Holmquist et al v. Sunbeam Products, Inc., No. 2:2019cv00036 - Document 59 (M.D. Tenn. 2021)

Court Description: MEMORANDUM OPINION. Signed by Chief Judge Waverly D. Crenshaw, Jr on 02/22/2021. (DOCKET TEXT SUMMARY ONLY-ATTORNEYS MUST OPEN THE PDF AND READ THE ORDER.)(ln)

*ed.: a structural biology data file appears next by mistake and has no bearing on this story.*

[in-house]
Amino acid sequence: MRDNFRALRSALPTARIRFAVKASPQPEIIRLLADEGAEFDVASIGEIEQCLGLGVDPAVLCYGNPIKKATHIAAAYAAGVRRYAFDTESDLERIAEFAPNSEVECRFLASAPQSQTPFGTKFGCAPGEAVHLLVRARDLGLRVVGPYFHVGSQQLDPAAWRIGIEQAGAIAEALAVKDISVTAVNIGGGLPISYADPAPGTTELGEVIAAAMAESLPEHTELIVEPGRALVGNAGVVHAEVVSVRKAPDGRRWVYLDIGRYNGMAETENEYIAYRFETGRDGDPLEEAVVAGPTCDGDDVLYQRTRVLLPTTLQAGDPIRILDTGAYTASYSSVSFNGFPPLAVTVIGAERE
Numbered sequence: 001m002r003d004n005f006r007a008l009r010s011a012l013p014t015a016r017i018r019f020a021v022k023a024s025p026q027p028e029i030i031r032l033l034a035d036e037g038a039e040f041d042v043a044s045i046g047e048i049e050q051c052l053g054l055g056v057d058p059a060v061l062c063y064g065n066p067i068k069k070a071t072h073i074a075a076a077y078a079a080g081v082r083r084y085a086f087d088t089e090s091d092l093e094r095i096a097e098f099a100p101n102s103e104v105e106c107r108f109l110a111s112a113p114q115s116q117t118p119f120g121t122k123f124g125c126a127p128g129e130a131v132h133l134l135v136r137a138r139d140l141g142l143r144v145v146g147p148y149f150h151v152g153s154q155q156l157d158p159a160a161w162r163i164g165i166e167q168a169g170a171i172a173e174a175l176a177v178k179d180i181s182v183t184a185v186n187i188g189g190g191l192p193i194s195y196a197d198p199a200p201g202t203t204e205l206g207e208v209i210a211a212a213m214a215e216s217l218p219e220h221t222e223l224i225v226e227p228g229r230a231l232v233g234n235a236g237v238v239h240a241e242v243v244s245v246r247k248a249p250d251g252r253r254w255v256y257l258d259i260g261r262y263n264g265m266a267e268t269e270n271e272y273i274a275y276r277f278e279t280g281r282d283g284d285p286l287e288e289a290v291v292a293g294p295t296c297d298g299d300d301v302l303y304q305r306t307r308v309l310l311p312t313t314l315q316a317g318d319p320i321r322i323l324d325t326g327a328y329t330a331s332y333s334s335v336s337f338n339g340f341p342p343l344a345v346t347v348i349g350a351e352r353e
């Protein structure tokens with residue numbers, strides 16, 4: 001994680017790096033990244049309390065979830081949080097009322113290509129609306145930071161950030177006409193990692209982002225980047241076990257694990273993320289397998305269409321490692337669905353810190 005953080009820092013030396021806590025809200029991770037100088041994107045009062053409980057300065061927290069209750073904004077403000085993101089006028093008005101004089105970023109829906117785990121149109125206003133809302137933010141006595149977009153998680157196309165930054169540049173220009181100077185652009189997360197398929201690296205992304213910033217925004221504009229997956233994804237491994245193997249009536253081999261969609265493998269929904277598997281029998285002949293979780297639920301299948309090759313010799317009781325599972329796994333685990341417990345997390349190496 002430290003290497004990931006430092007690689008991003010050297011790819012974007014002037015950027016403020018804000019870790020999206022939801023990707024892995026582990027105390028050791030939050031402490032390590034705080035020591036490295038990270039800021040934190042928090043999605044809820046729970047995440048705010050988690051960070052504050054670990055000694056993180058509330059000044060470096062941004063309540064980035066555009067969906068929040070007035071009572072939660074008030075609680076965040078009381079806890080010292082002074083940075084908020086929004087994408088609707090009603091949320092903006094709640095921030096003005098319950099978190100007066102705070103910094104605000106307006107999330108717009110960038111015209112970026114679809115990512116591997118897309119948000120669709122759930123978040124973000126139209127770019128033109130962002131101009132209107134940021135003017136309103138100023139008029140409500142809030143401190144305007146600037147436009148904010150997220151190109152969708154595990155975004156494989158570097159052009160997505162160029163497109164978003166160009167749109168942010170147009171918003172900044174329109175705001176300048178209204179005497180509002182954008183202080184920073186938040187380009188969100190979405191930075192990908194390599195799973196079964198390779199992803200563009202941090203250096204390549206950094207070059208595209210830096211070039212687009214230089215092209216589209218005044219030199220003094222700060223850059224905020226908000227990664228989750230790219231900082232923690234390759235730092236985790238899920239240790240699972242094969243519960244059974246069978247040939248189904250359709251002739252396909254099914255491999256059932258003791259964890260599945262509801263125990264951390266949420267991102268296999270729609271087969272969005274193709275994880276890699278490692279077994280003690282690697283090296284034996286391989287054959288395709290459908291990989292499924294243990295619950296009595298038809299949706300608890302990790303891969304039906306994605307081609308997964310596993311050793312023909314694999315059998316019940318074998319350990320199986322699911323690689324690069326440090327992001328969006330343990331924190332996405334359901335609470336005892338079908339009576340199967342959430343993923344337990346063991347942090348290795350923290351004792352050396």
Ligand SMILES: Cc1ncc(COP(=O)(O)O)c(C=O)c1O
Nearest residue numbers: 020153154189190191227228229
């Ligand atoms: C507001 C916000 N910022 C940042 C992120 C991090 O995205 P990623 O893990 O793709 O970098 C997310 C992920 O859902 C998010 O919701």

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Holmquist et al v. Sunbeam Products, Inc. Doc. 59 UNITED STATES DISTRICT COURT MIDDLE DISTRICT OF TENNESSEE NASHVILLE DIVISION JILL M. HOLMQUIST and ANTHONY QUATRONE Plaintiffs, v. SUNBEAM PRODUCTS, INC., and KEHOE COMPONENT SALES, INC. d/b/a Pace Electronic Products, ) ) ) ) ) ) ) ) ) ) ) No. 2:19-cv-00036 Defendants. MEMORANDUM OPINION Jill M. Holmquist and Anthony Quatrone (the “Plaintiffs”) brought this product liability action against Defendants Sunbeam Products, Inc. (“Sunbeam”) and Kehoe Component Sales, Inc. d/b/a Pace Electronic Products (“Kehoe”), asserting design and manufacturing defects in a heated throw blanket that caught fire and caused both personal and property damage. Pending before the Court is Kehoe’s Motion for Summary Judgment (Doc. No. 35). Plaintiffs filed a response (Doc. No. 49) and Kehoe did not file a reply. For the following reasons, Kehoe’s motion will be denied. I. BACKGROUND 1 On March 25, 2018, a fire broke out at Plaintiffs’ home in Cookeville, TN. (Doc. No. 504). The fire investigation report and surveillance footage located inside the home establish that an electric blanket, known as the Sunbeam Fleece Heated Throw, was the cause. (Doc. Nos. 38-1; 501; 50-2; 50-3). Sunbeam designed the blanket and contracted with Kehoe to manufacture and 1 The Court relies upon the undisputed in the parties’ summary judgment briefings (Doc. Nos. 38, 49) along with Plaintiffs’ Corrected Response to Defendant’s Statement of Facts (Doc. No. 50). Plaintiffs set out additional facts to which Defendants did not respond. Pursuant to Local Rule 56.01(f), the Court deems those additional facts undisputed for purposes of summary judgment. Case 2:19-cv-00036 Document 59 Filed 02/22/21 Page 1 of 8 PageID #: 348 Dockets.Justia.com supply the blanket’s controls. (Doc. No. 50 at ¶¶ 17-19). After the fire, investigators observed that the blanket’s cord “travel[ed] around and possibly under the front” of a recliner in Plaintiffs’ living room. (Doc. No. 38-1). Plaintiff Holmquist stated to an investigator that the cord “should not have been under the recliner but was possible.” (Id.). Plaintiffs later turned over video surveillance footage that neither they nor fire investigators viewed before the fire investigation report was filed. (Id.). The footage shows a bright flash from an area around the blanket’s control, rather than any cord, at approximately 6:14 A.M. (Doc. No. 50 at ¶ 20). Nothing else occurs on the footage for more than 5 hours until 11:25 A.M., when additional flashes, smoke, and, ultimately, a fire, ensued. (Id. at ¶¶ 21-22). Kehoe argues that Plaintiffs abused the product by violating at least four warnings outlined in the blanket’s user manual. (Id. at ¶¶ 5-13). Plaintiffs deny that a violation of any warning caused the fire; instead, they argue that the fire started in the defective control unit designed by Kehoe. (Id. at ¶ 10). Although Plaintiffs concede the blanket was plugged in while they were away from the home, they dispute it was turned on in the several hours leading up to the fire. (Id. at ¶ 7). Kehoe has now moved for summary judgment. II. LEGAL STANDARD Summary judgment is appropriate only where there is “no genuine dispute as to any material fact and the movant is entitled to judgment as a matter of law.” Fed. R. Civ. P. 56(a). “A genuine dispute of material fact exists ‘if the evidence is such that a reasonable jury could return a verdict for the nonmoving party.’” Griffith v. Franklin Cty., 975 F.3d 554, 566 (6th Cir. 2020) (citing Anderson v. Liberty Lobby, Inc., 477 U.S. 242, 248 (1986)). “The party bringing the summary judgment motion has the initial burden of informing the Court of the basis for its motion and identifying portions of the record that demonstrate the absence of a genuine dispute over material facts.” Rodgers v. Banks, 344 F.3d 587, 595 (6th Cir. 2003) (citation omitted). “The 2 Case 2:19-cv-00036 Document 59 Filed 02/22/21 Page 2 of 8 PageID #: 349 moving party may satisfy this burden by presenting affirmative evidence that negates an element of the non-moving party’s claim or by demonstrating an absence of evidence to support the nonmoving party’s case.” Id. (citation and internal quotation marks omitted). In deciding a motion for summary judgment, the Court must review all the evidence, facts, and inferences in the light most favorable to the party opposing the motion. Matsushita Elec. Indus. Co. v. Zenith Radio Corp., 475 U.S. 574, 587 (1986) (citation omitted). The Court does not, however, weigh the evidence, judge the credibility of witnesses, or determine the truth of the matter. Anderson v. Liberty Lobby, Inc., 477 U.S. 242, 249 (1986). The mere existence of a scintilla of evidence in support of the non-moving party’s position will be insufficient to survive summary judgment; rather, there must be evidence on which a trier of fact could reasonably find for the non-moving party. Rodgers, 344 F.3d at 595. III. ANALYSIS Plaintiffs argue that Kehoe, along with Sunbeam, negligently and “defectively designed, manufactured, constructed, assembled, tested, and inspected” the blanket and its control. (Doc. Nos. 21 at ¶ 47; 50 at ¶ 1). Plaintiffs also argue Kehoe and Sunbeam are subject to strict liability for placing the defective or unreasonably dangerous product into the stream of commerce. (Id. at ¶ 49). Kehoe argues there is no genuine dispute of material fact as to whether the control was defective; rather, Plaintiffs’ abuse of the product caused the fire. (Doc. No. 50 at ¶¶ 5-13). A. The Tennessee Products Liability Act The Tennessee Products Liability Act, (“TPLA”) Tenn. Code Ann. § 29-28-101, et. seq., governs this diversity action. Under the Act, “a product liability action ‘includes all actions brought for or on account of personal injury . . . or property damage caused by or resulting from the manufacture, construction, design, formula, preparation, assembly, testing, service, warning, instruction, marketing, packaging or labeling of any product,’ whether the case proceeds under a 3 Case 2:19-cv-00036 Document 59 Filed 02/22/21 Page 3 of 8 PageID #: 350 theory of ‘strict liability in tort; negligence; [and/or] breach of or failure to discharge a duty to warn or instruct, whether negligent, or innocent.’” Meyer v. Tapeswitch Corp., No. 14-cv-01398, 2017 WL 5495738, 2017 U.S. Dist. LEXIS 189867, at *15-16 (M.D. Tenn. Nov. 16, 2017). To establish a claim under the TPLA, a plaintiff must show that “the product was defective and/or unreasonably dangerous.” Jones v. WFM-Wo, Inc., 265 F. Supp. 3d 775, 778 (M.D. Tenn. 2017) (citing Tatham v. Bridgestone Americas Holding, Inc., 473 S.W.3d 734, 749 (Tenn. 2015)). “This is because the Act specifically provides that ‘[a] manufacturer or seller of a product shall not be liable for any injury to a person or property caused by the product unless the product is determined to be in a defective condition or unreasonably dangerous at the time it left the control of the manufacturer or seller.’” Id. (citing Tenn. Code Ann. § 29-28-105(a)). Under the TPLA, a “defective condition” is “a condition of a product that renders it unsafe for normal or anticipatable handling and consumption.” Tenn. Code Ann. § 29-28-102(2). And a product is “unreasonably dangerous” if it is: (1) “dangerous to an extent beyond that which would be contemplated by the ordinary consumer who purchases it, with the ordinary knowledge common to the community as to its characteristics”; or (2) “that the product because of its dangerous condition would not be put on the market by a reasonably prudent manufacturer or seller, assuming that the manufacturer or seller knew of its dangerous condition.” Id. § 29-28-102(8). Generally, under Tennessee law, “the issue of whether a product is defective or unreasonably dangerous is one for the jury.” Goodwin v. Electrolux Home Prods., No. 09-cv-0106, 2011 WL 1357691, 2011 U.S. Dist. LEXIS 39319, at *14 (M.D. Tenn. Apr. 8, 2011) (citing Whaley v. Rheem Mfg. Co., 900 S.W.2d 296, 300 (Tenn. Ct. App. 1995)); see also Jackson v. GMC, 60 S.W.3d 800, 805 (Tenn. 2001) (same). But if the product instead was made unreasonably dangerous by a consumer’s “improper maintenance or abnormal use, the manufacturer or seller is 4 Case 2:19-cv-00036 Document 59 Filed 02/22/21 Page 4 of 8 PageID #: 351 not liable.” Tenn. Code Ann. § 29-28-108. B. Whether the Control was Defective, Unreasonably Dangerous, or Used Abnormally Kehoe argues it is entitled to summary judgment because Plaintiffs’ use of the blanket made the product unreasonably dangerous, thereby absolving it from liability. (Doc. No. 38 at 4). Specifically, Kehoe argues that Plaintiffs violated at least four warnings outlined in the blanket’s user manual, including: (1) improperly “pinch[ing], flex[ing], or expos[ing] the heating wire to rubbing”; (2) failing to “turn off or unplug the control” when not in use; (3) failing to keep “dogs, cats and other pets away from” the blanket; and (4) improperly using the blanket with “recliners . . . or other furniture subject to movement.” (Doc. Nos. 38 at 4; 38-2). The parties dispute whether there is ample evidence to establish a violation of each warning. Kehoe argues the video surveillance indisputably shows Plaintiffs improperly used the blanket around pets, including a dog that “urinated near the control unit a few minutes prior to the fire starting.” (Doc. No. 38 at 2). Moreover, the fire investigation report specifies that several animals were being removed from the house upon the fire department’s arrival. (Doc. No. 36-1). Plaintiffs concede to having unrestrained pets around the blanket but dispute that they “did any damage to the product.” (Doc. No. 50 at ¶ 9). Plaintiffs also deny having pinched, tucked in, or exposed the blanket’s heating wire to rubbing. (Doc. No. 48-4 at ¶ 4). Kehoe also argues that the video surveillance conclusively establishes that Plaintiffs improperly used the blanket with a recliner and entangled the wires therein. (Doc. No. 38 at 5). Kehoe links this alleged abuse to the fire investigation report’s initial conclusion that the fire started at the base of the recliner, where the Plaintiffs concede the blanket’s wiring could have been located. (Id.; see also Doc. No. 38-1). Plaintiffs admit to having used the blanket with a recliner but dispute the recliner’s ability to move given its position against the living room wall. 5 Case 2:19-cv-00036 Document 59 Filed 02/22/21 Page 5 of 8 PageID #: 352 (Doc. No. 50 at ¶¶ 2, 5). Plaintiffs additionally counterargue that video surveillance, which was only viewed after the fire investigation report, directly contradicts Kehoe’s argument, as well as the fire investigation report, because it shows the fire started at the control rather than within the cord that might have run below the recliner. (Id.). The parties also offer dueling expert testimony on the cause of the fire. Kehoe proffers testimony from electrical engineer, Jeffrey Lindsey. (Doc. No. 37). Lindsey testified that the fire started at the cord referenced in the fire investigation report, rather than in the control, and, in light of Plaintiffs’ several warning violations, there is reasonable certainty that user abuse caused the fire. (Id.). To rebut this evidence, Plaintiffs proffer testimony from their own expert, certified fire investigator, William Truss. (Doc. No. 50-5). According to Truss, the cause of the fire was an “internal electrical fault of the pendant control of a heated throw.” (Id. at ¶ 7). Truss also stated the cause of the internal electrical fault “was the ignition of the components of the pendant control which then spread to the throw and to nearby furniture.” (Id. at at ¶ 8). Plaintiffs further argue that a normal electrical fault, outside of the control, would never have resulted in the smoking or fire that occurred in this case. (Doc. No. 49 at 5). In support Plaintiffs proffer additional testimony by Sunbeam Senior Manager of Program Management, Jill Walters. (Doc. No. 50-6). Walters testified in her deposition that “[b]ased upon the intended design of the subject control, if an electrical fault occurs within the control, it should not result in a smoking or ignition event.” (Id. at ¶ 14). Plaintiffs further argue that Truss agrees with Walter’s assessment (Doc. No. 50-6), as does Kehoe’s 30(b)(6) witness, Robert Reese, who testified that a short circuit in the control “should not” cause a fire. (Doc. No. 50-7). After reviewing the record in the light most favorable to Plaintiffs, the Court finds that there are genuine disputes of material fact on whether the blanket’s control was unreasonably 6 Case 2:19-cv-00036 Document 59 Filed 02/22/21 Page 6 of 8 PageID #: 353 dangerous or defective. Kehoe attempts to argue that Plaintiffs rely upon nothing more than mere allegations to support their products liability claim. (Doc. No. 38 at 5). This may have been true when Kehoe made this argument in its June 10, 2020 Motion for Summary Judgment filing. Yet, the close of discovery, pursuant to the Amended Case Management Order, was more than three months away, on September 25, 2020. (Doc. No. 45). Indeed, Plaintiffs rely upon more than the bare-bones assertions as argued by Kehoe. After Kehoe filed its Motion for Summary Judgment, the parties undertook additional discovery, and Plaintiffs submitted three affidavits – by William Truss, Jill Walters, and Plaintiff Jill Holmquist – along with excerpts of Robert Reese’s deposition testimony. (Doc. Nos. 48-4; 48-5; 48-6; 48-7). As discussed above, these affidavits and deposition testimony, along with physical evidence such as the surveillance footage and fire investigation report, are more than enough to establish a prima facie product liability case and create a genuine dispute of material fact about the defectiveness or unreasonable danger in the blanket’s control. And because there is a factual dispute on whether the control was defective or dangerous, a reasonable juror could also determine that the defect or danger existed when the product left Kehoe’s control. See Jones, 265 F. Supp. 3d at 778 (citing Tatham v. Bridgestone Americas Holding, Inc., 473 S.W.3d 734, 749 (Tenn. 2015)). A reasonable juror could also determine that a prudent manufacturer would not place a defective electric blanket into the stream of commerce and that an ordinary consumer would not expect the blanket’s control to smoke and ignite, as it allegedly did here. See Tenn. Code Ann. §§ 29-28-102(2), (8). Under Tennessee law, the question of “whether a product is defective or unreasonably dangerous is [one] for the jury,” Jackson v. GMC, 60 S.W.3d 800, 805 (Tenn. 2001). On this record, Kehoe has simply not “demonstrate[ed] an absence of evidence to support the nonmoving party’s case.” Rodgers v. Banks, 344 F.3d 587, 595 (6th Cir. 2003) (citation omitted). 7 Case 2:19-cv-00036 Document 59 Filed 02/22/21 Page 7 of 8 PageID #: 354 Plaintiffs’ evidence is enough to establish a genuine dispute of material fact. Accordingly, the Court finds that Kehoe is not entitled to summary judgment. CONCLUSION For the foregoing reasons, Kehoe’s Motion for Summary Judgment (Doc. No. 35) will be denied. An appropriate order will enter. ____________________________________ WAVERLY D. CRENSHAW, JR. CHIEF UNITED STATES DISTRICT JUDGE 8 Case 2:19-cv-00036 Document 59 Filed 02/22/21 Page 8 of 8 PageID #: 355